Overclocker's Vesuvius PC tested: 4K gaming, powered by quadfire Radeon cards

The Infinity Vesuvius is a monster concocted by AMD and Overclockers, powered by a quadfire-tastic Radeon R9 295X2 pairing inside. Those four GPUs, housed in a sturdy Corsair chassis, will let you play at 4K resolutions without having to sacrifice top-end graphics settings, but you'll pay £4K / $6k for the privilege.

Inside, you'll find a quad-core Intel i7-4770K—so you're missing out on the hex-core you'll find in an Intel Extreme CPU. And there's only a 250GB Samsung SSD in there to back up the 2TB HDD. I'm a little less excited about the rest of the build than the two liquid-chilled graphical behemoths inside.

It's all about the quad graphics. And strapped to Asus' new £600 PB287Q screen, with its 3840x2160 resolution, 60Hz refresh and 1ms GtG, it does make a pretty pairing. The most impressive result from my afternoon's benchmarking was that the Vesuvius is capable of running Unigine's Heaven 4.0 benchmark at 4K, on Ultra settings with 4x AA at over 50fps on average. That's an incredible result, and demonstrates just how good the Hawaii GPU is at scaling across multiple GPUs.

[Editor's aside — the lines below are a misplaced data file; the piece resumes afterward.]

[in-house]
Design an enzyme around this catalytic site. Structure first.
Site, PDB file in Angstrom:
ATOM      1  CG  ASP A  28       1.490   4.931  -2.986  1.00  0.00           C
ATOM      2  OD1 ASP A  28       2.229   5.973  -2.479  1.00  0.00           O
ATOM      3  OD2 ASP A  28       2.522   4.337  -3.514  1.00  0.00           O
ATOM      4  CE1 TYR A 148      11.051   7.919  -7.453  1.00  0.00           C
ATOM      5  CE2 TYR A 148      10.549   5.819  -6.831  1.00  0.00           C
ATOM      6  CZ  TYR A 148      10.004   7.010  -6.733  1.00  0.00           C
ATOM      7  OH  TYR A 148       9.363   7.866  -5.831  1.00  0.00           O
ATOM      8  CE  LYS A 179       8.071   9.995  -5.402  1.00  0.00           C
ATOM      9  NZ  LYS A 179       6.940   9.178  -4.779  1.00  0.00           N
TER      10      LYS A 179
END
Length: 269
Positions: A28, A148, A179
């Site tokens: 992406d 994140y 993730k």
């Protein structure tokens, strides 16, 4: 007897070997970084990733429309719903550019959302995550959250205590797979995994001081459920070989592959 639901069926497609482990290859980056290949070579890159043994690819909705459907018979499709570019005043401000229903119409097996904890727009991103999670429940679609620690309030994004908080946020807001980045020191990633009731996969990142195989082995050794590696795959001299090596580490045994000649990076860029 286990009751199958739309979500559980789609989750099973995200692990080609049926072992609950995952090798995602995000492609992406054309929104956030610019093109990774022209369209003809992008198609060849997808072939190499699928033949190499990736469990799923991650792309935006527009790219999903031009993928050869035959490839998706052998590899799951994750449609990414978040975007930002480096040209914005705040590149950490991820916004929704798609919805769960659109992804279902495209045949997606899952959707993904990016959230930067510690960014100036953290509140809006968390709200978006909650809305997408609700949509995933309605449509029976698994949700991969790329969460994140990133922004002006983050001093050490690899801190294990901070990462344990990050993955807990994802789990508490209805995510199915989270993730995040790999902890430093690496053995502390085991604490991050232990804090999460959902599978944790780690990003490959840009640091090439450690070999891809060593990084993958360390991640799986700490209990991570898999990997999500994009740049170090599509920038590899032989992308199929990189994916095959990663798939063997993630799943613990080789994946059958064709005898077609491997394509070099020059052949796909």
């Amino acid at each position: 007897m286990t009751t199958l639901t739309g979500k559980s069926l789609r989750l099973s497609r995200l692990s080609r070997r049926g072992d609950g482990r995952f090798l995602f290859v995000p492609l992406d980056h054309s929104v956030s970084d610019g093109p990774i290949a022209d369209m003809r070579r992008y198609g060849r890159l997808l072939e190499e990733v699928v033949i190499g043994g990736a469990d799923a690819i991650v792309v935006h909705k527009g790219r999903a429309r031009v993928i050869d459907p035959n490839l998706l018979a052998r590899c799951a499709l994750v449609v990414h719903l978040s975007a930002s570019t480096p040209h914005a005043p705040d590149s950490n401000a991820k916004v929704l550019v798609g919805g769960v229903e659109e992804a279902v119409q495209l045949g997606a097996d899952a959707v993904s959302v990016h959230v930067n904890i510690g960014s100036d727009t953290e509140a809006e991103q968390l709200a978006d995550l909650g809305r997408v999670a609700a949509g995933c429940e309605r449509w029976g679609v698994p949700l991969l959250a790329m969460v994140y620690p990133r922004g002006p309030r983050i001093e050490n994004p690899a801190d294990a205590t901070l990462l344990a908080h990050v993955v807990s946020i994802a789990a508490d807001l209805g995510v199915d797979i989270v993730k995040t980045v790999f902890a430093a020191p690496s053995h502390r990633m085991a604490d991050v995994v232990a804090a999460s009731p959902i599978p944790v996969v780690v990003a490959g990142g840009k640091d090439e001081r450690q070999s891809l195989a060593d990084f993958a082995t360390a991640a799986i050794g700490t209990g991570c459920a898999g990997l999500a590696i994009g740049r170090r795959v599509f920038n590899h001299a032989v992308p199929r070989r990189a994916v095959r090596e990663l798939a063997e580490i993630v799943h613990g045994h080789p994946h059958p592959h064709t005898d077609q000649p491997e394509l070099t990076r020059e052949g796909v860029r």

One dual-GPU R9-295X2 will hit 30fps on average on its own. The extra two GPUs strapped boosted performance by 73%—an impressive result. Previously anything beyond a pair of GPUs would struggle to offer another 50% at best.

As for gaming performance, Battlefield 4 peaked at 68fps, dropping to a low of 41fps at worst. It's impressive, but it should be for that huge price tag. Overclockers will want their pet monster back soon enough, and in spite of the impressive numbers, I won't be selling my kidneys for a machine of my own.

Dave James
Managing Editor, Hardware

Dave has been gaming since the days of Zaxxon and Lady Bug on the Colecovision, and code books for the Commodore Vic 20 (Death Race 2000!). He built his first gaming PC at the tender age of 16, and finally finished bug-fixing the Cyrix-based system around a year later. When he dropped it out of the window. He first started writing for Official PlayStation Magazine and Xbox World many decades ago, then moved onto PC Format full-time, then PC Gamer, TechRadar, and T3 among others. Now he's back, writing about the nightmarish graphics card market, CPUs with more cores than sense, gaming laptops hotter than the sun, and SSDs more capacious than a Cybertruck.